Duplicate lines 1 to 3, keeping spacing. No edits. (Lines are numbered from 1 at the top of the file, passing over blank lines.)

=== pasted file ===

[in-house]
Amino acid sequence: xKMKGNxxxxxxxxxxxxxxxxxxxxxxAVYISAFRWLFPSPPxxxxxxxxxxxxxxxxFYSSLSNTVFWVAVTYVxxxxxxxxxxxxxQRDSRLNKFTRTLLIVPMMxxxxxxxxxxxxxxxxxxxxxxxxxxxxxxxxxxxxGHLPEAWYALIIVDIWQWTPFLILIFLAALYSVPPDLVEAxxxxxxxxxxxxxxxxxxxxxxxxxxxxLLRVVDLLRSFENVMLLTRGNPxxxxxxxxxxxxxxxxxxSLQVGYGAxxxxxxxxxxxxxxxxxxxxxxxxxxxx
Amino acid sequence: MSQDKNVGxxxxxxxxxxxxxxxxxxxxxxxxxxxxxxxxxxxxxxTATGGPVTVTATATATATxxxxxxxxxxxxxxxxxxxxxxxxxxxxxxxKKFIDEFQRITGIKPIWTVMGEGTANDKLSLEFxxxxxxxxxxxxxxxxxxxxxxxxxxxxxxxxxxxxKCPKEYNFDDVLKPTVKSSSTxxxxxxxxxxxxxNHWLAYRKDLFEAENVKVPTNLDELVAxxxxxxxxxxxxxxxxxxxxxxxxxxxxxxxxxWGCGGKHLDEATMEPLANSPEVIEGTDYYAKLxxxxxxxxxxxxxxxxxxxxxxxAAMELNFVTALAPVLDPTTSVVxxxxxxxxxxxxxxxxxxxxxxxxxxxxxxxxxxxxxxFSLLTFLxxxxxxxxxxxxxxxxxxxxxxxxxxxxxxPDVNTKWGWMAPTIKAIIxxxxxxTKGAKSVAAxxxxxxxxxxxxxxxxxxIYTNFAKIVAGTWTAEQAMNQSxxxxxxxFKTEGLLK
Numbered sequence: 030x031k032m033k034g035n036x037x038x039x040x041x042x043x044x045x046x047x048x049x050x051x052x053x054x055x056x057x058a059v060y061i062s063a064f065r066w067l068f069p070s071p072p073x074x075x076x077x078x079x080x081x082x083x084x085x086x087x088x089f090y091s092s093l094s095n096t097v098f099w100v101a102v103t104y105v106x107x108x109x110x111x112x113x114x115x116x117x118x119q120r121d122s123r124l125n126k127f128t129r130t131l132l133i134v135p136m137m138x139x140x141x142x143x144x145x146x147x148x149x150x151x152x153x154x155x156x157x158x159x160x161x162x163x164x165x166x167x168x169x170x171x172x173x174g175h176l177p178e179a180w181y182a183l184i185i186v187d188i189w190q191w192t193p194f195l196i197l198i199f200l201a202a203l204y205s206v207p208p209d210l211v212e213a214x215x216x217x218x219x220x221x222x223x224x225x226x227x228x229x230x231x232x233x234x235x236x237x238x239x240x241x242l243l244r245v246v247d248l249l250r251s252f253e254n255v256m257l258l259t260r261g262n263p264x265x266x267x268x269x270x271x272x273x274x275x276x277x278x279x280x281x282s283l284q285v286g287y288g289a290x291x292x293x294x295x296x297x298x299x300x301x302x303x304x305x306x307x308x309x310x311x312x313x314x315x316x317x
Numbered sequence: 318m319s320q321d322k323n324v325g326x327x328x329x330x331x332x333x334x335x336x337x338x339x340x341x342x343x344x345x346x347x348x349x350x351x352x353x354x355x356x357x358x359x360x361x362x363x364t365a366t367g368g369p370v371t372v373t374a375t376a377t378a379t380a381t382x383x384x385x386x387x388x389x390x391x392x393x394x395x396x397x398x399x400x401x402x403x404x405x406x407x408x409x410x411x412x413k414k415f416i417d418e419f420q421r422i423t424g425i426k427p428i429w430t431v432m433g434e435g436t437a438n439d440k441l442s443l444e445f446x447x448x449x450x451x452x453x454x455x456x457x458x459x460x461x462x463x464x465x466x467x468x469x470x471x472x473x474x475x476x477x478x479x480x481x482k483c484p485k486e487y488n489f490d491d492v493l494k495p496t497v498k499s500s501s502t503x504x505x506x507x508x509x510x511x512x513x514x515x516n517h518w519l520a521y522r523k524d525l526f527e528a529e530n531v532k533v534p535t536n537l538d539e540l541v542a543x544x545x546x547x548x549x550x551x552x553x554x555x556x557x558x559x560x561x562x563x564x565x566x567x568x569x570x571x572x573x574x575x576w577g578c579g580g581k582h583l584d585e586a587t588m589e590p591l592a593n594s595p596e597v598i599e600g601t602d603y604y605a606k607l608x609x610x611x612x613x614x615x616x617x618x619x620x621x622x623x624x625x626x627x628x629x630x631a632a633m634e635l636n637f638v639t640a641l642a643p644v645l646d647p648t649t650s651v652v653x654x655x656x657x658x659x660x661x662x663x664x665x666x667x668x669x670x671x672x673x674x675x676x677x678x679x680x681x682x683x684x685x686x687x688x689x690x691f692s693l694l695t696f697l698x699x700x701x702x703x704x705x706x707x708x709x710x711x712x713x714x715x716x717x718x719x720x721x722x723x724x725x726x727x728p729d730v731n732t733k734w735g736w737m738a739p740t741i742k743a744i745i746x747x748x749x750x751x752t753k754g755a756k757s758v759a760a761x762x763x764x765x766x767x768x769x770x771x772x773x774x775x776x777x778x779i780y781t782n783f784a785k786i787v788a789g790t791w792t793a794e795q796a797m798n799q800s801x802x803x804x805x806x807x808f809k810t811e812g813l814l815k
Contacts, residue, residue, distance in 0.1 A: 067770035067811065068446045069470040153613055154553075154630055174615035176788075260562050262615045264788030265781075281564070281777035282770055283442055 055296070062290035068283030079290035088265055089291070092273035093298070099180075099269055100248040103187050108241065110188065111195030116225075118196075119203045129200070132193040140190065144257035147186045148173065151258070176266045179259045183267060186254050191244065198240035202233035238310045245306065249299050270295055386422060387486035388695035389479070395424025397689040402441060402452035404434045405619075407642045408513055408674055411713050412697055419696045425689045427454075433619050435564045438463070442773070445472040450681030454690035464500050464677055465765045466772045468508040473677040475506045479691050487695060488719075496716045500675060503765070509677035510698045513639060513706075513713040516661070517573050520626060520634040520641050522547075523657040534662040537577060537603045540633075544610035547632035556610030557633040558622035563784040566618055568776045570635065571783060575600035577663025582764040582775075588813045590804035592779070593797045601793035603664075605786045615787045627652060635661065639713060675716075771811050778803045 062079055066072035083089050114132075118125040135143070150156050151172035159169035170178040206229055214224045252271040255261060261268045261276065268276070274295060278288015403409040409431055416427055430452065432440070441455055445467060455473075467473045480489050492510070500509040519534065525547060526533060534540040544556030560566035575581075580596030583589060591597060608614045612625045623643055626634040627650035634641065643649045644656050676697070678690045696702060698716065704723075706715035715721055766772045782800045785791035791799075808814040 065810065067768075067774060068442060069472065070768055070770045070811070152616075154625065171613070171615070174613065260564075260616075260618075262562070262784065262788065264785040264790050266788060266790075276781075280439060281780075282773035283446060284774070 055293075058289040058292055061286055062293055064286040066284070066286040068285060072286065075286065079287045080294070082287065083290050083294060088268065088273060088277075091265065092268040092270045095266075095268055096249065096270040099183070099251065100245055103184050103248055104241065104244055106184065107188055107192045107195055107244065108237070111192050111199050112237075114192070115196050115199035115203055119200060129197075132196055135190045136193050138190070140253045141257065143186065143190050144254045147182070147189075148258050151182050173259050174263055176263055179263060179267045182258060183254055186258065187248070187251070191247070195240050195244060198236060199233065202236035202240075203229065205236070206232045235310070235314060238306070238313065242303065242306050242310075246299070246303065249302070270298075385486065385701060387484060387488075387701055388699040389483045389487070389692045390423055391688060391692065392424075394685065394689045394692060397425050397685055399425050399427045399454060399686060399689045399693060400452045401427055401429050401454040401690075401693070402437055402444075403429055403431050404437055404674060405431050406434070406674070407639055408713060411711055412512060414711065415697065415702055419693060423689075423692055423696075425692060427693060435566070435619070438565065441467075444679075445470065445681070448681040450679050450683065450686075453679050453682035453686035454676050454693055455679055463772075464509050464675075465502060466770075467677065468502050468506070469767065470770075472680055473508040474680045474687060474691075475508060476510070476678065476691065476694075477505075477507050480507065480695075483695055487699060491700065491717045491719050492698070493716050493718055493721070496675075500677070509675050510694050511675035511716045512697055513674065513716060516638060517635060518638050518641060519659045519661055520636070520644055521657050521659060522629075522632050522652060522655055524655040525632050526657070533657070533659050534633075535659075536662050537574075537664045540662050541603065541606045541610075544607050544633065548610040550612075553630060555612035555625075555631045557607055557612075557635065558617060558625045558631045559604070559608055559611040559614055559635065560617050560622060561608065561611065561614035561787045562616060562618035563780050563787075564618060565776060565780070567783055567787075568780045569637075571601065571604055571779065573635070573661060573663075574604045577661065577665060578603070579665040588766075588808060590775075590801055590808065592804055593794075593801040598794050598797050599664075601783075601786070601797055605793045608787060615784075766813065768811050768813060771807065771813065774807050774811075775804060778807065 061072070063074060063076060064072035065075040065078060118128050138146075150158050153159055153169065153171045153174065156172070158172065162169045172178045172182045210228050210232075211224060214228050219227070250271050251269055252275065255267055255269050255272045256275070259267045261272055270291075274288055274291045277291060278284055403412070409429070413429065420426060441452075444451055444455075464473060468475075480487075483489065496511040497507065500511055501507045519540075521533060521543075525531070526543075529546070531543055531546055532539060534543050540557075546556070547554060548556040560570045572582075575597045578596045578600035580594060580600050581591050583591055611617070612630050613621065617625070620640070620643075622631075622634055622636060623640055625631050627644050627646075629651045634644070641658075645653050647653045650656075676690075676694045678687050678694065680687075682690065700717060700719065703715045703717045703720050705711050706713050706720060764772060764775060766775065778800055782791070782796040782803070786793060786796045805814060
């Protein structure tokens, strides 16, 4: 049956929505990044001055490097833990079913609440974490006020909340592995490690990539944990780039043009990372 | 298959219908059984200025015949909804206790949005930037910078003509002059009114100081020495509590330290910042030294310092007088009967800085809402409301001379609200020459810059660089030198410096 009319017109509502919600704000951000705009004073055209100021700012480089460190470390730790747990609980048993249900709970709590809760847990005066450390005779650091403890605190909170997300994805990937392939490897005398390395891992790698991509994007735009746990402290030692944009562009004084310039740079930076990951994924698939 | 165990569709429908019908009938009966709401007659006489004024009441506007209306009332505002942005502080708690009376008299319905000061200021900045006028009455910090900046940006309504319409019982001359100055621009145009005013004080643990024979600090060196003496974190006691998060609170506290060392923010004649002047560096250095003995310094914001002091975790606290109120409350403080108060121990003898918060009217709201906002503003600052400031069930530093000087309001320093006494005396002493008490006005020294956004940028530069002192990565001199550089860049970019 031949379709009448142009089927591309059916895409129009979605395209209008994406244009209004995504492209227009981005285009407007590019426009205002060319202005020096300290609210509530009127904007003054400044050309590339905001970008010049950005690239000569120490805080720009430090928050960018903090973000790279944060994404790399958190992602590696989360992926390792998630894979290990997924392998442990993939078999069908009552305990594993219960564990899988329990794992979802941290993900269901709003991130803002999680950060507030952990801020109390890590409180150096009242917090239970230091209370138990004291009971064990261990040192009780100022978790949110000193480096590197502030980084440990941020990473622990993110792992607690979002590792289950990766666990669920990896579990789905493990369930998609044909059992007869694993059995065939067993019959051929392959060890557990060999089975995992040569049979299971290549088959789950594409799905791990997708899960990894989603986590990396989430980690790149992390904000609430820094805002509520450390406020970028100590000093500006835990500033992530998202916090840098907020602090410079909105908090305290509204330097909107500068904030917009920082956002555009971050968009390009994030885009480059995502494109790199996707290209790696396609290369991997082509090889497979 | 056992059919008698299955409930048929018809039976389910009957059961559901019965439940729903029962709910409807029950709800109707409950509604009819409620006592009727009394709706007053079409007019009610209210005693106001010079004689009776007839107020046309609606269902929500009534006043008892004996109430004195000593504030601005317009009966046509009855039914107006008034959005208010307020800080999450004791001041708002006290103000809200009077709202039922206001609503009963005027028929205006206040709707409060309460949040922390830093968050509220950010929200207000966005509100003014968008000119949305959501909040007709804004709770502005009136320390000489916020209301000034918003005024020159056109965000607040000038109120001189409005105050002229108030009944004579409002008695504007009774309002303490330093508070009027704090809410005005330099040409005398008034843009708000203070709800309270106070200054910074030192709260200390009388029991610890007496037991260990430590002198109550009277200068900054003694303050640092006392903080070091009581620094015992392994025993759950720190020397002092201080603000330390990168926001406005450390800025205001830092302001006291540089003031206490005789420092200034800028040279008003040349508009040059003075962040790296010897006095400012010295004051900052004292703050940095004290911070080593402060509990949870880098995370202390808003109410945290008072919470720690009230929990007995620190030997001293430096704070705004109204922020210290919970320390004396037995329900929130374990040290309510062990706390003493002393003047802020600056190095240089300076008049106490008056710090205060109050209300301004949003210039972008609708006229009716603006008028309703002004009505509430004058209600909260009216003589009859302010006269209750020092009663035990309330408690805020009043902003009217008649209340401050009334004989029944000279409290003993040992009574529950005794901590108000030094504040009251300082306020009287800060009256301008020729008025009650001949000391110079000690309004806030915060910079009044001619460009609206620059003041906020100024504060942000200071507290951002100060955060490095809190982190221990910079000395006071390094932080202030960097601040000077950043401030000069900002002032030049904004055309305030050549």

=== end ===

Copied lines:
[in-house]
Amino acid sequence: xKMKGNxxxxxxxxxxxxxxxxxxxxxxAVYISAFRWLFPSPPxxxxxxxxxxxxxxxxFYSSLSNTVFWVAVTYVxxxxxxxxxxxxxQRDSRLNKFTRTLLIVPMMxxxxxxxxxxxxxxxxxxxxxxxxxxxxxxxxxxxxGHLPEAWYALIIVDIWQWTPFLILIFLAALYSVPPDLVEAxxxxxxxxxxxxxxxxxxxxxxxxxxxxLLRVVDLLRSFENVMLLTRGNPxxxxxxxxxxxxxxxxxxSLQVGYGAxxxxxxxxxxxxxxxxxxxxxxxxxxxx
Amino acid sequence: MSQDKNVGxxxxxxxxxxxxxxxxxxxxxxxxxxxxxxxxxxxxxxTATGGPVTVTATATATATxxxxxxxxxxxxxxxxxxxxxxxxxxxxxxxKKFIDEFQRITGIKPIWTVMGEGTANDKLSLEFxxxxxxxxxxxxxxxxxxxxxxxxxxxxxxxxxxxxKCPKEYNFDDVLKPTVKSSSTxxxxxxxxxxxxxNHWLAYRKDLFEAENVKVPTNLDELVAxxxxxxxxxxxxxxxxxxxxxxxxxxxxxxxxxWGCGGKHLDEATMEPLANSPEVIEGTDYYAKLxxxxxxxxxxxxxxxxxxxxxxxAAMELNFVTALAPVLDPTTSVVxxxxxxxxxxxxxxxxxxxxxxxxxxxxxxxxxxxxxxFSLLTFLxxxxxxxxxxxxxxxxxxxxxxxxxxxxxxPDVNTKWGWMAPTIKAIIxxxxxxTKGAKSVAAxxxxxxxxxxxxxxxxxxIYTNFAKIVAGTWTAEQAMNQSxxxxxxxFKTEGLLK